Interview with Michael Crincoli, President of The Neat Company - Part II

1/17/18

Michael Crincoli

Click here for Part IPart III

Simplifying work and reducing clutter through data digitization and organization

Michael Crincoli is president of The Neat Company. Headquartered in Philadelphia, Neat is dedicated to helping its customers become more organized so they can gain control over their documents, work more efficiently, and save time. The company’s scanners and software enable users to digitize key information from receipts, business cards, and other heterogeneous, paper-based forms of data. Neat integrates with various popular accounting and business software applications such as Microsoft Outlook, H&R Block, Quickbooks, and MailChimp.


EDWIN WARFIELD: You joined Neat in 2010, right before the company pivoted from hardware to software. Tell us about making the strategic decisions to adopt a new business model. What obstacles did you come across?

MICHAEL CRINCOLI: I started my career at Pioneer Electronics. Selling hardware into the marketplace without a very significant point of differentiation is very difficult. The fortunate opportunity I had when I joined this company, and really what made me successful here, is that the software application itself was my point of differentiation. The value proposition that we’re leaning on today from a SaaS model perspective is the same as it was in 2010 as my point of differentiation when I was selling hardware. For me, the passion around what this application does and what it means to the small business market, and what it means to the end users, hasn’t changed; it’s just the opportunity now to really focus on that and evolve that to much beyond what our scope was when we first started.

It’s very easy to be inward focused. I’m not taking credit for the evolution, because it was a collective decision over many people throughout our lifecycle, but operating from the outside in and looking at the customers and looking at the market, I’ve had a few experiences in my career where we didn’t do that—you know, our chairs were swung to the inside of the room, not to the outside—and you become more about what you can do, and not what you should do based on what the market is.

I would say the key driving factor is that things were evolving, things were changing, and you face obsolescence if you don’t react to those things. That was the guiding light in terms of “What’s happening in the market?” and “What do we need to do to focus as a company?” I think the transition out of hardware and some of those other things were a lot of business decisions associated with that, because margin structures and the cost to support hardware, the cost to acquire hardware—if you look at the complexity of a hardware business dealing with retail partners and all of the associated accounting with them, compared to a SaaS model with recurring revenue is a much different proposition. I would say several of those variables in concert with each other over time, with the board’s involvement, with the various management teams that we had over time—that led us down to this path.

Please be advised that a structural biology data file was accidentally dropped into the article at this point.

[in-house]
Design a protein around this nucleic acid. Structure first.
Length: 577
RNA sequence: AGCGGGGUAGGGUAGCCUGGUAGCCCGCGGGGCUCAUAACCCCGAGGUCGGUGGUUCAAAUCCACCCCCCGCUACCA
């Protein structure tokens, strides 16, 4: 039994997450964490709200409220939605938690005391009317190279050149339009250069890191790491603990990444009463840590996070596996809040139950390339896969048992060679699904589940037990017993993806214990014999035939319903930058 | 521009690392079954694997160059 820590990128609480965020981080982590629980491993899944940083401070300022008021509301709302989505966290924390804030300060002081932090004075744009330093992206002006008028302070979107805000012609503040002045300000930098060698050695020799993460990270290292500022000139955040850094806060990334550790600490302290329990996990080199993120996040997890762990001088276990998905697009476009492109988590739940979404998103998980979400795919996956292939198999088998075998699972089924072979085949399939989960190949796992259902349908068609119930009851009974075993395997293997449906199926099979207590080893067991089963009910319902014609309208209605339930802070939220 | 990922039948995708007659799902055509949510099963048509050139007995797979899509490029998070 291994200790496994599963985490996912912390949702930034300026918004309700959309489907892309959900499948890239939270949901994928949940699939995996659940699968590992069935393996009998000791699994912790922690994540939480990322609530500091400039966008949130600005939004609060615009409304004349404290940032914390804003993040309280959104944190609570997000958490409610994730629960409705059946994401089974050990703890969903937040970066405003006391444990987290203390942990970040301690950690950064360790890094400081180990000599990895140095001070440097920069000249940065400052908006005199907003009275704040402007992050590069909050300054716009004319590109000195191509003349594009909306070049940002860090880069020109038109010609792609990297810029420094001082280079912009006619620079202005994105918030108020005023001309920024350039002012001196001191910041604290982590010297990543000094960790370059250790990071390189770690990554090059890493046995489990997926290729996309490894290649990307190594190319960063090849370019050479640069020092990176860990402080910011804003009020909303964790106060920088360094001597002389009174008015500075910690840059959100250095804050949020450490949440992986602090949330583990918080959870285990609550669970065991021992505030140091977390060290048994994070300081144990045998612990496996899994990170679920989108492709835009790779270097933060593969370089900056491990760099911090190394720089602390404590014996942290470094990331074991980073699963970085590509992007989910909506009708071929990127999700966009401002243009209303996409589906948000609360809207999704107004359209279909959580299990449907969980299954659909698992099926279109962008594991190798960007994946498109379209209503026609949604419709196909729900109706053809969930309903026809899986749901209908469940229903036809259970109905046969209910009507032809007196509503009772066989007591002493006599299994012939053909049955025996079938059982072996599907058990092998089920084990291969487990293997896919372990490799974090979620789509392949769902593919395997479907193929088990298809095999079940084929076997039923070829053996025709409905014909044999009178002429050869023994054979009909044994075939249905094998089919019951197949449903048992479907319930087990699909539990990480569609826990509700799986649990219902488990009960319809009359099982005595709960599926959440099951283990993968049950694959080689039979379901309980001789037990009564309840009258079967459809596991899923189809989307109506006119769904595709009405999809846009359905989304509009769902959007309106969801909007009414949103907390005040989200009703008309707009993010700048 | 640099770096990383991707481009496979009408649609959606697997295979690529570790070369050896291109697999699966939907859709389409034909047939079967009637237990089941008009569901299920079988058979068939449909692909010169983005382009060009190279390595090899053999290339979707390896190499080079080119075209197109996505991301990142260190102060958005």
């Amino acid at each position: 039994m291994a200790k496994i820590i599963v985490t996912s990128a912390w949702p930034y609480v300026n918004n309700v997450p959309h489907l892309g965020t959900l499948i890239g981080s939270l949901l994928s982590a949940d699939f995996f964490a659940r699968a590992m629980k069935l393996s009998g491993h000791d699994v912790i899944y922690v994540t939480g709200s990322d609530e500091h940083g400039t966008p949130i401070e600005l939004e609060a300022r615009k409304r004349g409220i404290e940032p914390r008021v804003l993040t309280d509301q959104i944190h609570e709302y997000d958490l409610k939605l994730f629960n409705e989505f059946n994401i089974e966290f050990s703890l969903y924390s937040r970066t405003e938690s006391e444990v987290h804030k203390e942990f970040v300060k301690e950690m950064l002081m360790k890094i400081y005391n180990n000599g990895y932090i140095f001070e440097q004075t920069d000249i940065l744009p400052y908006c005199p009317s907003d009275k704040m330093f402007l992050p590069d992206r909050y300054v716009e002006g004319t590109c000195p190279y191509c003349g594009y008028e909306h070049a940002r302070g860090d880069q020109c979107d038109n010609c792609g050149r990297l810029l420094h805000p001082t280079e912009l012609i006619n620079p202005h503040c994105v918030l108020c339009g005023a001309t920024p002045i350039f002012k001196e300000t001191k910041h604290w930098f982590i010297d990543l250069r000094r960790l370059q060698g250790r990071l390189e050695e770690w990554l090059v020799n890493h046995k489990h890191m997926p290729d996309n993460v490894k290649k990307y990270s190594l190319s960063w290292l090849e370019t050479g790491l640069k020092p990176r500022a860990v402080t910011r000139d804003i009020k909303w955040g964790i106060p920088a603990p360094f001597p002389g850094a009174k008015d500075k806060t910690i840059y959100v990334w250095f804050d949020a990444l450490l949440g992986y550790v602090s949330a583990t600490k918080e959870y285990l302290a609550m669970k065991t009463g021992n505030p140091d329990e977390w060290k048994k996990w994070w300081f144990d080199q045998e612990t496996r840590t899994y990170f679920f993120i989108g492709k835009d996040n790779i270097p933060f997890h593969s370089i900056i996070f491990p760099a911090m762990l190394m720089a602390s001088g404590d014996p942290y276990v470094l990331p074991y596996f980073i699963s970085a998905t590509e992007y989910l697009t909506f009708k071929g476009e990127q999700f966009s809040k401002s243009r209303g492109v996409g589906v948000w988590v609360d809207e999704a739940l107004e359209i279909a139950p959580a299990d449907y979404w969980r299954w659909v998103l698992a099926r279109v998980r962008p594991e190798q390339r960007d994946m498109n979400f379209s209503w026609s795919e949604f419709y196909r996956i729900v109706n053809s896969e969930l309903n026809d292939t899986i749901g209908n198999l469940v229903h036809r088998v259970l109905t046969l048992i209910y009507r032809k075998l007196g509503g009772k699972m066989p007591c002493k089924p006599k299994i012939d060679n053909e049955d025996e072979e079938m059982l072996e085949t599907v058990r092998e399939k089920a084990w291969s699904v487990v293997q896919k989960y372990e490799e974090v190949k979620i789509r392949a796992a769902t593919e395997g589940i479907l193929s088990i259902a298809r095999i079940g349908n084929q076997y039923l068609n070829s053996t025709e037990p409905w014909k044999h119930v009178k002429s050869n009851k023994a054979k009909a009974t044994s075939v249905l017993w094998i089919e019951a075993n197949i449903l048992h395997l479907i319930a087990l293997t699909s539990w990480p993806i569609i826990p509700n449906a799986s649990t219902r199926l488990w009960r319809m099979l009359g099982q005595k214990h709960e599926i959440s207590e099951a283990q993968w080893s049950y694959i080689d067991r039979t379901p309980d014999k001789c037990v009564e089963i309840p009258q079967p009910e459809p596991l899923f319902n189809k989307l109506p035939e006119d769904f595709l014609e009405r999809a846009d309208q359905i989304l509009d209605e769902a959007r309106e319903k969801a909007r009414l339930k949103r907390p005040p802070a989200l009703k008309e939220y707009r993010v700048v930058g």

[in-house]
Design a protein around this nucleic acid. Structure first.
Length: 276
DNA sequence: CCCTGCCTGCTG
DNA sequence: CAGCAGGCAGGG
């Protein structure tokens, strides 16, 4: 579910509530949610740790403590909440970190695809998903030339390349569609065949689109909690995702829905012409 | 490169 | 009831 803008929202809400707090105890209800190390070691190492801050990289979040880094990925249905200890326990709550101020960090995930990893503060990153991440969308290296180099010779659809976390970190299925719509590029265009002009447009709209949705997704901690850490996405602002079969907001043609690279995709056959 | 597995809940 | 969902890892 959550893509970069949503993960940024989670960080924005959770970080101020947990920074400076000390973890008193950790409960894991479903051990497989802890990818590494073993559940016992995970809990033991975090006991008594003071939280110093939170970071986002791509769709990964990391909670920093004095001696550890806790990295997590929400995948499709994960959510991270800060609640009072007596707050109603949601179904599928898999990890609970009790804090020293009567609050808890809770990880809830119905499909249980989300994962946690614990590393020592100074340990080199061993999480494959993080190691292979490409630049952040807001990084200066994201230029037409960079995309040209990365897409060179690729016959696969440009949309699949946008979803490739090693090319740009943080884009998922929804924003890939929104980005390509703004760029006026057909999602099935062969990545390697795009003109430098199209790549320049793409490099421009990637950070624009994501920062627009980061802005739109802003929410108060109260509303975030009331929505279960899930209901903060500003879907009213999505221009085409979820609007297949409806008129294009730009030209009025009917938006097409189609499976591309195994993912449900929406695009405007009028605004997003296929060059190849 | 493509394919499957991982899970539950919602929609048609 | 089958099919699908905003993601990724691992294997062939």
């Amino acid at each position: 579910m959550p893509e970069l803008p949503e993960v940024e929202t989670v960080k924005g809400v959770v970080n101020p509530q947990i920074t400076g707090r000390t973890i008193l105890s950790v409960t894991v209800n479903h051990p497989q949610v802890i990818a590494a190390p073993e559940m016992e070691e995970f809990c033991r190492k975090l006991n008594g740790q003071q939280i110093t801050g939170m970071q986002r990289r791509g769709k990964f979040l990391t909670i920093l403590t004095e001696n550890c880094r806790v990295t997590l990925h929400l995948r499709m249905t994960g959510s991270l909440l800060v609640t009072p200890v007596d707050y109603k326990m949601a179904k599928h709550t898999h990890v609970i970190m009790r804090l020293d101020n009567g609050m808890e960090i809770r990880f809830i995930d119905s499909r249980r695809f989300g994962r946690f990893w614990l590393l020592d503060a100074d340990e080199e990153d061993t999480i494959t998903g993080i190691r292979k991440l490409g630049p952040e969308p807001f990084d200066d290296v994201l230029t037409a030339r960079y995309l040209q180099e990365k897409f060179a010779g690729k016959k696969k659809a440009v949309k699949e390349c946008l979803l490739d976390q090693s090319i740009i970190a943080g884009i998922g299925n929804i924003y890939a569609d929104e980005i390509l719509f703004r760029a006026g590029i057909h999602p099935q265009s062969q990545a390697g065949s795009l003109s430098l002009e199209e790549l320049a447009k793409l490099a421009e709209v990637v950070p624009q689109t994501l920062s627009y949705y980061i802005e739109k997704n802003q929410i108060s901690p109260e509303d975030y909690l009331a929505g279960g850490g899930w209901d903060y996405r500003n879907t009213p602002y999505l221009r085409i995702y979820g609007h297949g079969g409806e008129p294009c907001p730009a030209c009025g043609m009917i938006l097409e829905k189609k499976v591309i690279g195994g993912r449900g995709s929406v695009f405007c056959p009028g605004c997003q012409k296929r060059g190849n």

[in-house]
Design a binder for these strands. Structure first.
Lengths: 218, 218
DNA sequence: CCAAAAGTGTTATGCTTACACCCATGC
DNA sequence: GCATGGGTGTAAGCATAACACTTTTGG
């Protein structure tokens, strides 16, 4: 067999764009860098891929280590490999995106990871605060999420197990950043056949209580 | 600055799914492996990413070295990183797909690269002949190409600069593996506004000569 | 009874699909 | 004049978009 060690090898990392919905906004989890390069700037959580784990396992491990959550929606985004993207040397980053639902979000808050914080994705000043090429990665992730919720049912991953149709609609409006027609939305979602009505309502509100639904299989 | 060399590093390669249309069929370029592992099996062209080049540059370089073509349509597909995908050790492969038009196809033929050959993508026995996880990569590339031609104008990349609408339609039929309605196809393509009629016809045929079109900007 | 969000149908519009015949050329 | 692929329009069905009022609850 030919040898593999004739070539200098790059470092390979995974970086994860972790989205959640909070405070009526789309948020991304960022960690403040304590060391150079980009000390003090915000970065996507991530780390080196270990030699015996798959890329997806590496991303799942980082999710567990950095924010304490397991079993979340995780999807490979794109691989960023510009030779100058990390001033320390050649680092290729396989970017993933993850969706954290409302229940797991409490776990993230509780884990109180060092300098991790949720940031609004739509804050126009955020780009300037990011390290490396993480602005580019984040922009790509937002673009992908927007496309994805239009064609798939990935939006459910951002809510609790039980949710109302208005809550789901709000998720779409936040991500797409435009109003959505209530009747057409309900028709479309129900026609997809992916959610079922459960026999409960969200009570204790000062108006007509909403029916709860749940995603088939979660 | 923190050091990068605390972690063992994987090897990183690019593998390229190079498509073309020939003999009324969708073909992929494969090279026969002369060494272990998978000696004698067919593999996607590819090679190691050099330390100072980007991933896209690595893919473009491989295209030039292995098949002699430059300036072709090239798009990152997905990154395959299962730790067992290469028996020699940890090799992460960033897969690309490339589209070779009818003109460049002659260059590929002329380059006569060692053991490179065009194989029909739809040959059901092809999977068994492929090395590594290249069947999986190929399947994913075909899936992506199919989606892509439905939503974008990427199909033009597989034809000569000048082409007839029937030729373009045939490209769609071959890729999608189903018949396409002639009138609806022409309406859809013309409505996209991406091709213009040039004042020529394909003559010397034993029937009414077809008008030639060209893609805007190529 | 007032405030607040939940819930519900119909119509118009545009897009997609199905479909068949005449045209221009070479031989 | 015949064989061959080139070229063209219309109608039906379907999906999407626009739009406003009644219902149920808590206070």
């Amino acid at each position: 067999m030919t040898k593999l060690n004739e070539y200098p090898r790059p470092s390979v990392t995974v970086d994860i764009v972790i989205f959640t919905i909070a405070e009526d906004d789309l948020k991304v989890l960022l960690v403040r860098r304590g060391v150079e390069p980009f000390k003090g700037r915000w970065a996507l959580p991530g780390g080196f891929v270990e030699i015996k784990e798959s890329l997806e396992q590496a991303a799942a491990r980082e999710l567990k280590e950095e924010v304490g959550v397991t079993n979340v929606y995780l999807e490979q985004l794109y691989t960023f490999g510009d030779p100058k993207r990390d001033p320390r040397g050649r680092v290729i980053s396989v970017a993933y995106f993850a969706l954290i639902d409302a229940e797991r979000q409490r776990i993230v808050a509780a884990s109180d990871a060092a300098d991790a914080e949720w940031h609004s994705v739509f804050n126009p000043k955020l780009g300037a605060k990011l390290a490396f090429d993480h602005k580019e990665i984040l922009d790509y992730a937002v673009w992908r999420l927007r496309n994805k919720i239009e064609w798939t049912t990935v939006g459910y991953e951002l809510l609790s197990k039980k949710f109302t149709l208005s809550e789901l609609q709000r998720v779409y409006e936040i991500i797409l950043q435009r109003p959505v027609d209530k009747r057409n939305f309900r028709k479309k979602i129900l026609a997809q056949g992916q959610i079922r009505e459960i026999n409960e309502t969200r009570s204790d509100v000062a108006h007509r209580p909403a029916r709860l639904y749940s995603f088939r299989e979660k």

It’s easy to say we are going to be a SaaS company; we don’t want to be in hardware anymore. What comes with one stage of your life versus the other stages of life is something called association. When people hear the word “Neat,” often they associate us with hardware. Also go-to-market: for years, we had a box with a solution inside of it and we parked it on the shelf of Staples and Best Buy, and the consumers walk by, and that was the handshake or the interaction. In addition to the product and the organizational changes that come with it, it’s really around how we communicate to customers, how we reach them, where we reach them—the importance in leveraging partnerships around that, so people can understand the solution.

The benefit that we have today, based on the history that we’ve had is that the brand is known. There’s a very strong association with expense management, spend management, so the big heavy lifting around “What does this brand do?”, there’s an understanding within the consumer segment: it’s about the association with hardware. The work that we have ahead of us from a marketing standpoint, and partnerships, and the way we position this product, it’s very important for us to make that pivot and focus on the value proposition of hardware, of the software itself and the tasks that we involve: partnerships with QuickBooks, association with things like the ProAdvisors, which are the accountants and bookkeepers and the teams of people that are out in the market, on behalf of Intuit and visualizing their products, getting those relationships, so we’re in those same conversations.

The same thing with the shows that we go to. We used to go to Consumer Electronic Show in Las Vegas, which was very much a hardware environment, a retail environment. Today, we go to things like QuickBooks Connect, Scaling New Heights, The Tax Preparer Show, Account Techs—those are catering the accounting of bookkeeping space but the small business market, so we build a presence in that market from a solution standpoint.

Connect with Michael on LinkedIn

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Edwin Warfield, CEO of citybizlist, conducts the CEO Interviews.

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